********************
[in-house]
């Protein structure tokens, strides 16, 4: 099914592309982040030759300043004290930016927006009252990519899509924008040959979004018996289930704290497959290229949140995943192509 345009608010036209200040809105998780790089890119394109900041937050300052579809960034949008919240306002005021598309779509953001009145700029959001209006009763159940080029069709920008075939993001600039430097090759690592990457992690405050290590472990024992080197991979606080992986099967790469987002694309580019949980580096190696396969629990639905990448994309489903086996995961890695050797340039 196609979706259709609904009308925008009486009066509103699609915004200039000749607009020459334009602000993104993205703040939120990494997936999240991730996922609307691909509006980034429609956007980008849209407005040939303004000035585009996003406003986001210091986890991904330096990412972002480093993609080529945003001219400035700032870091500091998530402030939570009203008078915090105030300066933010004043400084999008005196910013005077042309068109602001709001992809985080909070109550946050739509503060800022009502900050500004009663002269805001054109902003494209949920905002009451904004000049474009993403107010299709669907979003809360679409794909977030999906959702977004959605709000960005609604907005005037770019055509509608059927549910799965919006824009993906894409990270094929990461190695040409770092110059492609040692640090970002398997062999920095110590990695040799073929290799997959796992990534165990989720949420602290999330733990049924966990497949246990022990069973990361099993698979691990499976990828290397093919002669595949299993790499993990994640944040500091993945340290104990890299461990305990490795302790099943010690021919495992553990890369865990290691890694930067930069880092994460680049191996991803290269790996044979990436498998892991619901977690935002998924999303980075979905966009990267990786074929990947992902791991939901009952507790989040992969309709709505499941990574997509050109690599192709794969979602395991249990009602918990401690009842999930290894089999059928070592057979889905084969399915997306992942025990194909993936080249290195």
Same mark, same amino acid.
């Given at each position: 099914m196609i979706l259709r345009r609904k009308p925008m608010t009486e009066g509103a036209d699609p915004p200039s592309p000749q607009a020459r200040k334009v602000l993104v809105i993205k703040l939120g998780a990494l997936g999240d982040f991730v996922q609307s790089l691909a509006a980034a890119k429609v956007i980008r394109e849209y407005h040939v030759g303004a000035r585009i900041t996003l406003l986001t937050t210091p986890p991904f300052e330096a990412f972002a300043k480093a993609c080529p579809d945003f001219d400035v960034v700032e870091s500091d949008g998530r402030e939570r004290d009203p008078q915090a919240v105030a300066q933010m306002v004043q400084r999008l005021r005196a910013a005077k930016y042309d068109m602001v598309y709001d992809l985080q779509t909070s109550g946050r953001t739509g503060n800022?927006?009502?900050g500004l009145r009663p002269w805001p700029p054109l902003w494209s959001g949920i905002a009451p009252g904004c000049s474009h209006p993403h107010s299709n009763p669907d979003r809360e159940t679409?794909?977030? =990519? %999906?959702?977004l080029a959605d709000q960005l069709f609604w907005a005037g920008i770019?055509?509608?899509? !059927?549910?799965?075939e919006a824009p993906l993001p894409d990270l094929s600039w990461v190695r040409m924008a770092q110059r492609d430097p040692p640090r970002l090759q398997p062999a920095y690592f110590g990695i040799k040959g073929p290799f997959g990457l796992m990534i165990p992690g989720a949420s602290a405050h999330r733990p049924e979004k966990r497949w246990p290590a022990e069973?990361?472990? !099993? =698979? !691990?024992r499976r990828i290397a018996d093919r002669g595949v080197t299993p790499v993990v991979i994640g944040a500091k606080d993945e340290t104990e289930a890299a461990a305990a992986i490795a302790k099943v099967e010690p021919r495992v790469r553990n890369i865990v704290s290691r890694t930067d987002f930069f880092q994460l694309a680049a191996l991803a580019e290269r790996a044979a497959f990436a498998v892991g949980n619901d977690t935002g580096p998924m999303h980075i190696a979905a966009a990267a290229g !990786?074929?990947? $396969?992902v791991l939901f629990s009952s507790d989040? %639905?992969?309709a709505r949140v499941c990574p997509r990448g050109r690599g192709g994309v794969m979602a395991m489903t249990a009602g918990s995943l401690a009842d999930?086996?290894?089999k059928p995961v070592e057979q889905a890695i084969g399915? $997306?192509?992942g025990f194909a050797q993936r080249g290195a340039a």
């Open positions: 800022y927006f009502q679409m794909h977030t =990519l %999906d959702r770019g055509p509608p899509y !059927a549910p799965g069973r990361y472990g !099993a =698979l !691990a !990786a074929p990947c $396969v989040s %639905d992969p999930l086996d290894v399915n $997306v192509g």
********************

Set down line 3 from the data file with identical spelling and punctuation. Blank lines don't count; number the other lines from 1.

Same mark, same amino acid.